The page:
Twisted, paranormal fantasy. Is this a Tim Burton movie? Perhaps something more sinister, or merely coincidence?
There is 3 acres of land in Saskatchewan, that is unlike any other 3 acres of land on the planet. What happens on this 3 acres of land, is unexplainable.
Welcome to The Crooked Trees of Alticane. Located in No Where, Saskatchewan, or more realistically 20 kilometres north – north west of Hafford, Saskatchewan (Google Maps Link). What is special about this particular grove of trees, is that they do not grow straight. Rather they twist and tangle their way to the sky in a gorgeously visual fashion. It is absolutely stunning, especially when right across the road the trees are all perfectly straight in comparison.
I had always wanted to visit this site, and being in the area ear marked the perfect opportunity to do so. The site is off the beaten path, however is worth the adventure. The opportunity to witness a natural phenomenon is an experience worth having. The aspen trees on this particular plot of land, inherit a genetic mutation that makes them unlike any other aspen trees. How they came to exist in the middle of No Where, Saskatchewan remains a mystery. There are however, plenty of theories on this topic. The paranormal, and extra terrestrial, all have there place in the local tales or lore. The locals will also tell you that birds, and cows will not enter the area. I did not see any of either.
What I do know, is that I am glad I took the afternoon to wander the paths, camera in hand and enjoy a natural wonder, right here at home in Saskatchewan.
My first visit to Waskesiu was very long over due. Almost a right of passage to being a Saskatchewan resident, is visiting the infamous lake located in the Prince Albert National Park.
As luck would have it on my recent tour of northern Saskatchewan, I was able to spend about 48 hours in the park. It will not be my last.
Unfortunately a large part of the short stay was mired with storm clouds and light rain. However there was a small window of opportunity, and I was not about to let it pass. After hiking one of the many ultra scenic trails around the lake, I found this section of lake edge that jutted out from the naturally smooth shoreline. Almost as if it knew I was coming, there was a perfect tree leaning out towards the water, its base weakened by erosion giving it the perfect aesthetic for my lens. I made note of the spot, and I knew the sunset would align perfect for the quintessential lake side paradise image I was seeking. I returned to the spot at dusk, and as anticipated, the skies delivered a trademark Saskatchewan sunset which set the scene perfectly.
With a limited time crunch, I could not be more pleased with Lake Life. The image excites me for future adventure in Waskesiu, with ample time, and hopefully improved weather conditions for proper scouting and set up. The possibilities are endless as the visitors to the national park are seemingly treated to endless beauty on a daily basis.
The bridge constructed during the Great Depression was a government funded “make work” project. Creating jobs for locals who had fallen on tough times during the drought.
Decommissioned since 1985, it is still open to foot traffic. I would highly recommend pulling over and spending a few minutes enjoying the gorgeous view of the North Saskatchewan river, and marvelling at the amazing architecture that is Borden Bridge.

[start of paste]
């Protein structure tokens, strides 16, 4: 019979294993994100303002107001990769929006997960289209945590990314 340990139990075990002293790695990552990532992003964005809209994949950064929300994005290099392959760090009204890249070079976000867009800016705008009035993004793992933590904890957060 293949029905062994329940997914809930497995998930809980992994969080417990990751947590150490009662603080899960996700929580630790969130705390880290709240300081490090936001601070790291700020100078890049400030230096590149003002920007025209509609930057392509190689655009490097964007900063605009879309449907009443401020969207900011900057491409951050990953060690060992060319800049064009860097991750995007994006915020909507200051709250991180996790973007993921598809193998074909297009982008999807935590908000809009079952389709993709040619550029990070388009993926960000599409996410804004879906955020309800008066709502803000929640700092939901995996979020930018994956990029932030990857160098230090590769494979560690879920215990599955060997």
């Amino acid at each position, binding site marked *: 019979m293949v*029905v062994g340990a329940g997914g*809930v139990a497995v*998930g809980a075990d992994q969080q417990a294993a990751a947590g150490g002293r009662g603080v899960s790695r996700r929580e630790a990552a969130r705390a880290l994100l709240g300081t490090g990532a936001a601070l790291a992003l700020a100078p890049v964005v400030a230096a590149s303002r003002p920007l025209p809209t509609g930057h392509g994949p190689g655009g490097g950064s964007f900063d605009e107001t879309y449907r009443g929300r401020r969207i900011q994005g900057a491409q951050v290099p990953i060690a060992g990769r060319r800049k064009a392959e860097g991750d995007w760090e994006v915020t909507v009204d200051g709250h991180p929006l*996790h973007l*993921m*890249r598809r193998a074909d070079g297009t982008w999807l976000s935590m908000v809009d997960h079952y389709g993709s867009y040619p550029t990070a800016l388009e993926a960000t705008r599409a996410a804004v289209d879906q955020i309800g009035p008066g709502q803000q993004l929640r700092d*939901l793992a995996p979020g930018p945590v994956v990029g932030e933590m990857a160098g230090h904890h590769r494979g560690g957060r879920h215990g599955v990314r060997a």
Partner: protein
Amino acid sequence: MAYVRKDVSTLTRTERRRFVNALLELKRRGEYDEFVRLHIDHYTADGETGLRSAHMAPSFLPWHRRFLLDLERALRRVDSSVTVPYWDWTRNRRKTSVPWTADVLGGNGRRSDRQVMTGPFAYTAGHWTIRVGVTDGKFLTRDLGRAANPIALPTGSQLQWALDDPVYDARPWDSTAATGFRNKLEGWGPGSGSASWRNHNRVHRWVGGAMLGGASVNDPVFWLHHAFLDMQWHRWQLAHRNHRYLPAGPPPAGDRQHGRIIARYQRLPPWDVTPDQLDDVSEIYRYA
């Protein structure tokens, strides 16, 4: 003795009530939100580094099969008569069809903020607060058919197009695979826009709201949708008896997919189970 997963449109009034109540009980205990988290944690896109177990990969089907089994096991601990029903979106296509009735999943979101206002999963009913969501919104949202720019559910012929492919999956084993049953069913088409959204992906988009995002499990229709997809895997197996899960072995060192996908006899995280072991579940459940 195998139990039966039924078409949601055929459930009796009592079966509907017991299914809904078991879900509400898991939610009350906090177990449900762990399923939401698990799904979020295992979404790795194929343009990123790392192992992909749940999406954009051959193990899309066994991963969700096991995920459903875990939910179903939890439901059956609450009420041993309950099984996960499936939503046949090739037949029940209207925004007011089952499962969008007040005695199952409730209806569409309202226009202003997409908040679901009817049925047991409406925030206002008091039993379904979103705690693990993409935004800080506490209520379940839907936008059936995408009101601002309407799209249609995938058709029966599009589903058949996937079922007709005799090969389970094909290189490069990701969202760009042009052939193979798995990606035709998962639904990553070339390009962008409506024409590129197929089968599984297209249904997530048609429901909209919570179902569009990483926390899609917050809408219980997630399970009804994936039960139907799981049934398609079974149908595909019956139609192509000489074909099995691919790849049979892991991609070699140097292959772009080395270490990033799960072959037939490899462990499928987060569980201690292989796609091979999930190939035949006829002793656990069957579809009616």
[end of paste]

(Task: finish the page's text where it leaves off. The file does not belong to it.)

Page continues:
In January my friend Laura and I spent 14 days backpacking through Costa Rica. I had never backpacked through a country before. The whole concept of staying in hostels, utilizing public transportation, hiking in the jungle all felt a little bit scary to me. I could not have been more wrong. My lens would connect me the “Rich Coast”, a doorway to intimate encounters with the landscape and exotic wildlife alike.
I am beyond excited to share my stories, and photography journal from my recent visit to Costa Rica with you. Join me on Friday, November 23rd at the Estevan Art Gallery and Museum for exhibition opening and the artist reception.
Erik Laudenschlager had been riding a hot streak entering the 2018 Tougher Than Dirt Tour, however the elusive gold cup had eluded him through four nights. Finally on Championship Night the 49 IMCA sport mod struck gold. Following him to the stripe would be Chase Conway and Chad Strachen, two stand out local drivers who were not following the tour. The only item left for debate would be crowning a champion. Iowa’s Rocky Caudle entered the night with a slim three point advantage over Minot’s Robby Rosselli. Candle would be able to hang on for a fourth place finish, Rosselli in hot pursuit, scoring a fifth place finish. The finish would be enough for Caudle to capture the 2018 championship and deny Rosselli a back to back crown.
In the IMCA hobby stock division Brock Beeter entered racing action with a 3 point margin over Duane Wahrman. The racing action would see Andrew Bertsch spoil the party as he officially be undefeated, scoring two wins in two outings on the tour. Jason Ruby and Adam Goff, who both return to action after suffering heavy damage from separate incidents, rebound with second and third place finishes respectively. Brock Beeter and Dana Brandt would round out the top five. The fourth place finish would be enough to crown Beeter as tour champion, Duane Wahrman would score ninth, which would be enough to serve him the runner up position.
For full Tougher Than Dirt Tour points (click here)